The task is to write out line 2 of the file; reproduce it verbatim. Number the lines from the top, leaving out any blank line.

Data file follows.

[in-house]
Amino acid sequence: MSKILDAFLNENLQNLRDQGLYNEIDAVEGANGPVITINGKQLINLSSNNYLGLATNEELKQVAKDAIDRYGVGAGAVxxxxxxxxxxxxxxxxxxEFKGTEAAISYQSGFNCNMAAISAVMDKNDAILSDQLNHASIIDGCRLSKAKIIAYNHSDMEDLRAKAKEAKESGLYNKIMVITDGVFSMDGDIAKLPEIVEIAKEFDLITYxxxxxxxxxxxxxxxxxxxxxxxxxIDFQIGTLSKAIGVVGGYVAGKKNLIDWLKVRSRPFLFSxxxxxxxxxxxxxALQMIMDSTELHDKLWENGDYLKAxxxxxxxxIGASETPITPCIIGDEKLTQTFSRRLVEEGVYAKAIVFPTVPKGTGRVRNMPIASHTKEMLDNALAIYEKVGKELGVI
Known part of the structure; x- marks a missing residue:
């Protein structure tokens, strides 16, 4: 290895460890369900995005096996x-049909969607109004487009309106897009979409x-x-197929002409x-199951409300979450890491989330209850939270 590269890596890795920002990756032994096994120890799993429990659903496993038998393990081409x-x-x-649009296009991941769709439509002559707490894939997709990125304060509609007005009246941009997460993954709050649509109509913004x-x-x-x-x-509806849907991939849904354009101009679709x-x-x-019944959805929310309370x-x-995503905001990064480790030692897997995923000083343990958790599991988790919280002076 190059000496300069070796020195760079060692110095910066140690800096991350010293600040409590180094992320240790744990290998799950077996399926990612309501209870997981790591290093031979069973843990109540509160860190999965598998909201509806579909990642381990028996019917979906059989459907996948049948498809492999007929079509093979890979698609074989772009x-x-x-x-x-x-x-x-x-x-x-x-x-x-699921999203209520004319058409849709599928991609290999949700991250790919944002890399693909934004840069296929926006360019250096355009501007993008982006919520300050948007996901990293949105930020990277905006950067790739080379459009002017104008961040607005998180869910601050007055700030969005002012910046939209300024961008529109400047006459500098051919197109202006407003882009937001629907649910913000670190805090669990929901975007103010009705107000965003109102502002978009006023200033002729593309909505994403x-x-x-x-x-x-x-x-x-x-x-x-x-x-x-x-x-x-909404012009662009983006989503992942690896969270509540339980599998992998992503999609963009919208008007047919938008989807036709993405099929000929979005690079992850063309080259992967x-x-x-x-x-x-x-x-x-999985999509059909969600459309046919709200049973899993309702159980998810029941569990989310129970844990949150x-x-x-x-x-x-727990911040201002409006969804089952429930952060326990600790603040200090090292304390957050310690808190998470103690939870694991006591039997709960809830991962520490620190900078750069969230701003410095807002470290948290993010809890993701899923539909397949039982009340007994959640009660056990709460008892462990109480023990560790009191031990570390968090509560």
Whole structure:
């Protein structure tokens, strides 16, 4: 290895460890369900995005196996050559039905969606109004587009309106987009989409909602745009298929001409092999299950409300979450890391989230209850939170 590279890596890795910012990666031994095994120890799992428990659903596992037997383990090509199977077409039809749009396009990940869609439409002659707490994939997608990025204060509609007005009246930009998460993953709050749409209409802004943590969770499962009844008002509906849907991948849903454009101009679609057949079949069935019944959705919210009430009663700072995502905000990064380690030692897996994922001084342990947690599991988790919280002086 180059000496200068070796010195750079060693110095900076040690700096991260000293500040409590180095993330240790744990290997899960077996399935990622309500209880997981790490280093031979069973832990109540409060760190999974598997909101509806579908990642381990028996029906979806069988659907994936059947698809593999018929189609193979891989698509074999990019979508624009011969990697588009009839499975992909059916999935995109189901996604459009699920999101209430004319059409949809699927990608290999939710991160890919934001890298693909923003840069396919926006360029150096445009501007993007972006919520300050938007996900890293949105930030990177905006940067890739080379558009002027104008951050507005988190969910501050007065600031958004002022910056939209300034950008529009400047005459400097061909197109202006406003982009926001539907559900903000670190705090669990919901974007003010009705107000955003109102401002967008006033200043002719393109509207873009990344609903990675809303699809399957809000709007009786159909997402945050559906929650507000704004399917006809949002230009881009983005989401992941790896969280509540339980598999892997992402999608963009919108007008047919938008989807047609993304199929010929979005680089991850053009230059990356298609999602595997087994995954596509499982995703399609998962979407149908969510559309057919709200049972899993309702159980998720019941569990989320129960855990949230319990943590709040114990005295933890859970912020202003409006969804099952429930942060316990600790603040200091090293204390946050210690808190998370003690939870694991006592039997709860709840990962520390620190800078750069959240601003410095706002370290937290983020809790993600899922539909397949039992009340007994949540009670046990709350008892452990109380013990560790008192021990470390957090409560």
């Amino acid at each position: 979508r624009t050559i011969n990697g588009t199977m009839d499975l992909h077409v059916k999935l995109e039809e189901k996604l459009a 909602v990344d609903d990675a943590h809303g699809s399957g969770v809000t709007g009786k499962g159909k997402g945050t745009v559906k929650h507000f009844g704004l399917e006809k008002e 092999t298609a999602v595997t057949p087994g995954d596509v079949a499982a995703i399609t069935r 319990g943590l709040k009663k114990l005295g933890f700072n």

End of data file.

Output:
Amino acid sequence: MSKILDAFLNENLQNLRDQGLYNEIDAVEGANGPVITINGKQLINLSSNNYLGLATNEELKQVAKDAIDRYGVGAGAVxxxxxxxxxxxxxxxxxxEFKGTEAAISYQSGFNCNMAAISAVMDKNDAILSDQLNHASIIDGCRLSKAKIIAYNHSDMEDLRAKAKEAKESGLYNKIMVITDGVFSMDGDIAKLPEIVEIAKEFDLITYxxxxxxxxxxxxxxxxxxxxxxxxxIDFQIGTLSKAIGVVGGYVAGKKNLIDWLKVRSRPFLFSxxxxxxxxxxxxxALQMIMDSTELHDKLWENGDYLKAxxxxxxxxIGASETPITPCIIGDEKLTQTFSRRLVEEGVYAKAIVFPTVPKGTGRVRNMPIASHTKEMLDNALAIYEKVGKELGVI